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Mohenjo Daro may lose world heritage tag

The site contains the remnants of one of two main centres of the ancient Indus civilization (c. 2500–1700 BCE), the other one being Harappa, some 640 km to the northwest…reports Asian Lite News

Pakistan’s department of archaeology has called for urgent attention towards conservation and restoration work at Mohenjo Daro apprehending that the site may be removed from the world heritage list if such work was not carried out.

Sources said that archaeological ruins of Mohenjo Daro had received record rains, measured at 779.5mm, which continued from Aug 16 to 26. It resulted in considerable damage to the site and partial falling of several walls, including the protection wall of the stupa dome.

It was learnt that the curator of the site in his Aug 29 letter to the director culture, antiquities and archaeology said “we have put in efforts to protect the site with our resources”.

The role of other departments — irrigation, roads, highways and forest — was quite essential for safeguarding the world heritage site, as landlords and farmers had not only inserted pipes and given cuts to canals and roads to release water into Mohenjo Daro’s channel.

However, due to negligence on the part of above-mentioned departments, the rainwater from nearby agriculture lands had filled disposal channel, the sources said.

This caused delay in driving out water from the site, the letter said, adding that water had entered even into the campus. After rains, the official concerned at the site had said: “We are facing another emergency in the shape of a constant rise in the Indus level.”

Although water level in Indus is low, due to the construction of metal road on the protection dyke near Mohenjo Daro, paired with occurrence of fissures, cavities and dangerous gullies, the department had approached local irrigation officials but in vain, according to the letter. No one had turned up to inspect the site and assess the situation, it said.

The archaeology official had called for immediate contact with the irrigation and roads departments for the repair of bund, breached canal dykes and removal of pipes.

The curator has proposed sending of experts (conservators and engineers) for an assessment of the damage caused to the site during downpours. Presently, the archaeology officials posted at Mohenjo Daro are busy repairing the damaged portions of the structures.

Tourists’ entry banned

Keeping in view that the heritage site Mohenjo-Daro situated on the right bank of Indus River is facing the danger of obliteration after braving the monstrosity of recent flash floods and torrential rains, the administration on Sunday banned the entry of tourists to the place.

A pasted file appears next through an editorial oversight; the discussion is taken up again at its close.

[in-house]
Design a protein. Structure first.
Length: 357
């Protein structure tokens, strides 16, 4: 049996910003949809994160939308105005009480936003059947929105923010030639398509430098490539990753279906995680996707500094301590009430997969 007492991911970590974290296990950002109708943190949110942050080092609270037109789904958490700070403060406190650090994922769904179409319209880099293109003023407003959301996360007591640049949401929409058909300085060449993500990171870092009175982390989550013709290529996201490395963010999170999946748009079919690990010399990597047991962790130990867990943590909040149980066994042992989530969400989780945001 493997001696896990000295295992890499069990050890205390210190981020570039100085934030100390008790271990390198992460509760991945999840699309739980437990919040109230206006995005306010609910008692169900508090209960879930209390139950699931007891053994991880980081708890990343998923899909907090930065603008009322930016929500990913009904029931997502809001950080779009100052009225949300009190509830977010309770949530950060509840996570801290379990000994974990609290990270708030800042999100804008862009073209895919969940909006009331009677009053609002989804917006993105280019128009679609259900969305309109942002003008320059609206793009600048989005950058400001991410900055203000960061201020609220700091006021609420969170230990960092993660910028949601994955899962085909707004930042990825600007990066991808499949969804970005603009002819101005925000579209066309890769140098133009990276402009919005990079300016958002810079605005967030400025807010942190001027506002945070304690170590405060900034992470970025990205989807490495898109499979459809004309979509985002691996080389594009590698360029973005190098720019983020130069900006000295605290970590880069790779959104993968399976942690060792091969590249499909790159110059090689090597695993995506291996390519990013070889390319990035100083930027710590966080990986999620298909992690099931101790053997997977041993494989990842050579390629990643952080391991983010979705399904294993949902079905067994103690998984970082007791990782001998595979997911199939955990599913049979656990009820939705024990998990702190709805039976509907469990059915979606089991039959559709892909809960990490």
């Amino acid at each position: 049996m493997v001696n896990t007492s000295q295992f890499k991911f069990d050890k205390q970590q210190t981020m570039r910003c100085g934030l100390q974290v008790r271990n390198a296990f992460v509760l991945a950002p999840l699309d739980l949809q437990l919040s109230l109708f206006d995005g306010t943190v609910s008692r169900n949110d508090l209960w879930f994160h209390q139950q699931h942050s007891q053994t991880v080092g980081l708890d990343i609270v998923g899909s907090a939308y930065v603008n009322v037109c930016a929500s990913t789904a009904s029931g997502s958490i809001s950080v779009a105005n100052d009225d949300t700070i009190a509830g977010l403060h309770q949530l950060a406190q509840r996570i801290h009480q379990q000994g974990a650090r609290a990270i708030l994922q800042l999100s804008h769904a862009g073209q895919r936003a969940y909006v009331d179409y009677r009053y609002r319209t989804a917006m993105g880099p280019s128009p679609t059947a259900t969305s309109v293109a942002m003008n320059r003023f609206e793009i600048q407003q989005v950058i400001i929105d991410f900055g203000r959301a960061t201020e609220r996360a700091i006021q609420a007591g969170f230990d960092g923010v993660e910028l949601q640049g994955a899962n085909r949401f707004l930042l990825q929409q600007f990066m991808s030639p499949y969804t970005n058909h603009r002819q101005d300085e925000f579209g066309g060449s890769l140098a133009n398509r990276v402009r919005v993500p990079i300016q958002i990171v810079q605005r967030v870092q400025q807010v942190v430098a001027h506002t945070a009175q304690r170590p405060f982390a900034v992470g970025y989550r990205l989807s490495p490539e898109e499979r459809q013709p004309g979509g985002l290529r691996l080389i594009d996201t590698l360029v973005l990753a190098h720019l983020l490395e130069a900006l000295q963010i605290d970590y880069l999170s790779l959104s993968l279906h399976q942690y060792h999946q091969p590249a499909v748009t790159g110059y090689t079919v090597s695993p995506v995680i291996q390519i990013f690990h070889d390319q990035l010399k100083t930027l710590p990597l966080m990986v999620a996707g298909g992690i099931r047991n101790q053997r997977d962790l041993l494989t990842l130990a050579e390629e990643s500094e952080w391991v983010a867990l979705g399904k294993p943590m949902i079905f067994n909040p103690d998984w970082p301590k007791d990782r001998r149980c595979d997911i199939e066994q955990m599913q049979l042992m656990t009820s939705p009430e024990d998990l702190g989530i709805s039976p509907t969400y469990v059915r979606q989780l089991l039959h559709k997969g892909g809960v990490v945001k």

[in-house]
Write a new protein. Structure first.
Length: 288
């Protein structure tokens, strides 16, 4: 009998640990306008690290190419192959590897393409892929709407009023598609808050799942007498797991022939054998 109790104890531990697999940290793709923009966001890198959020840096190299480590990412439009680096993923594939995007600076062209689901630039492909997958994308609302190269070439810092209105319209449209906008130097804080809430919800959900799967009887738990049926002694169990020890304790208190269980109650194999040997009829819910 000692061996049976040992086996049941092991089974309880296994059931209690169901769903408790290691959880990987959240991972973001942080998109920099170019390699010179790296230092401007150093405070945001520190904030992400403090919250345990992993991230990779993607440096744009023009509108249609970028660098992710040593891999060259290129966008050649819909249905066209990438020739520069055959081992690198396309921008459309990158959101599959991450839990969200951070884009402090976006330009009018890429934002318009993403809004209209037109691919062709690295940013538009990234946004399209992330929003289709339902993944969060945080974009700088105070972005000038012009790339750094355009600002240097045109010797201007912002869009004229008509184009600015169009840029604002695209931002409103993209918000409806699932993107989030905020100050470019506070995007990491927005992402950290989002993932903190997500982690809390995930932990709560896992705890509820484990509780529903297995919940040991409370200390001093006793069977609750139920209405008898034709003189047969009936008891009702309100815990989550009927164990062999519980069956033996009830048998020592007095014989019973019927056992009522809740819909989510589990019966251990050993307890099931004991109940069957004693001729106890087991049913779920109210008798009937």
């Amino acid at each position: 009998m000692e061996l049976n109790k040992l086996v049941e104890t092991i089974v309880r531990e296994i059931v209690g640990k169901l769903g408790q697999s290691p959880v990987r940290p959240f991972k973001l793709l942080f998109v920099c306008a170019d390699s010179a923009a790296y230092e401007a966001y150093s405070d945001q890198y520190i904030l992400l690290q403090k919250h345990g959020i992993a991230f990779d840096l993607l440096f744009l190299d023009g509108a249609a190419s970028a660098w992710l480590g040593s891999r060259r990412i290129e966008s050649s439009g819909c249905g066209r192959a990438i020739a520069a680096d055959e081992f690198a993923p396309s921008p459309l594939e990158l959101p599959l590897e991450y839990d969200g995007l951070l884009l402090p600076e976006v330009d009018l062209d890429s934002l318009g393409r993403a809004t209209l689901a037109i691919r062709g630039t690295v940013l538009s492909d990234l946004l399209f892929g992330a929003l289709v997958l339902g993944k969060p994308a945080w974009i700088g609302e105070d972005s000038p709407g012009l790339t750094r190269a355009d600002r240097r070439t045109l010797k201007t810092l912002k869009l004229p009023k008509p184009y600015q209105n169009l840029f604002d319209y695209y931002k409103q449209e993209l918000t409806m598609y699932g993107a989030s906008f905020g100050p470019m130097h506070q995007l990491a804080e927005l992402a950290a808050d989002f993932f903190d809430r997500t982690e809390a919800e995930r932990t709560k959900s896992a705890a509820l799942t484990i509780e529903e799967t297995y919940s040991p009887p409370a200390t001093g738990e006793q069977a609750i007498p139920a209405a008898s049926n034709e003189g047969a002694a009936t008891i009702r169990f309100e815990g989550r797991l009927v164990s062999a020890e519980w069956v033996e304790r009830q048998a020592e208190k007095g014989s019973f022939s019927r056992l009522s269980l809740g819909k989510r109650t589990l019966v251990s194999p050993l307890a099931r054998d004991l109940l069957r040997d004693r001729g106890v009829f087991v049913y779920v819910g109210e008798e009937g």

The recent heavy spell of rains and concurrent floods which have ravaged large swathes of Sindh, have also taken a very heavy toll on the mounds and ruins of 5000-year-old historic city of Mohenjo Daro.

The authorities fearing its annihilation has put a ban on the entry of tourists to the place.

It is expected that UN Secretary General Antonio Guterres will visit the archeological site during his visit to Pakistan on Sept 11.

In a statement, the UN said that Secretary-General Guterres will travel to Pakistan for a solidarity visit given the “tragic situation facing millions of men, women, and children impacted by historic floods.”

The Secretary-General is expected to arrive in Islamabad on Sept 9 and will then travel to the areas most impacted by the unprecedented climate catastrophe.

He is expected to be back in New York on Sept 11 but before wrapping up his visit, he is also expected to visit Mohenjo-Daro. Mohenjo-Daro – a group of mounds and ruins on the right bank of the Indus River in northern Sindh – lies on the flat alluvial plain of the Indus, about 50 miles (80 km) southwest of Sukkur.

The site contains the remnants of one of two main centres of the ancient Indus civilization (c. 2500–1700 BCE), the other one being Harappa, some 400 miles (640 km) to the northwest in Punjab province.

The historic site also called City of Dead has received torrential rains and floods in recent days.

The department of archaeology has called for urgent attention towards its conservation and restoration work apprehending that the site may be removed from the world heritage list if such work was not carried out.

Meanwhile, the road link between Swat and Bahrain was restored.

The Pakistan Army engineering corps, NHA and district administration participated in the restoration work and repaired the damaged road.

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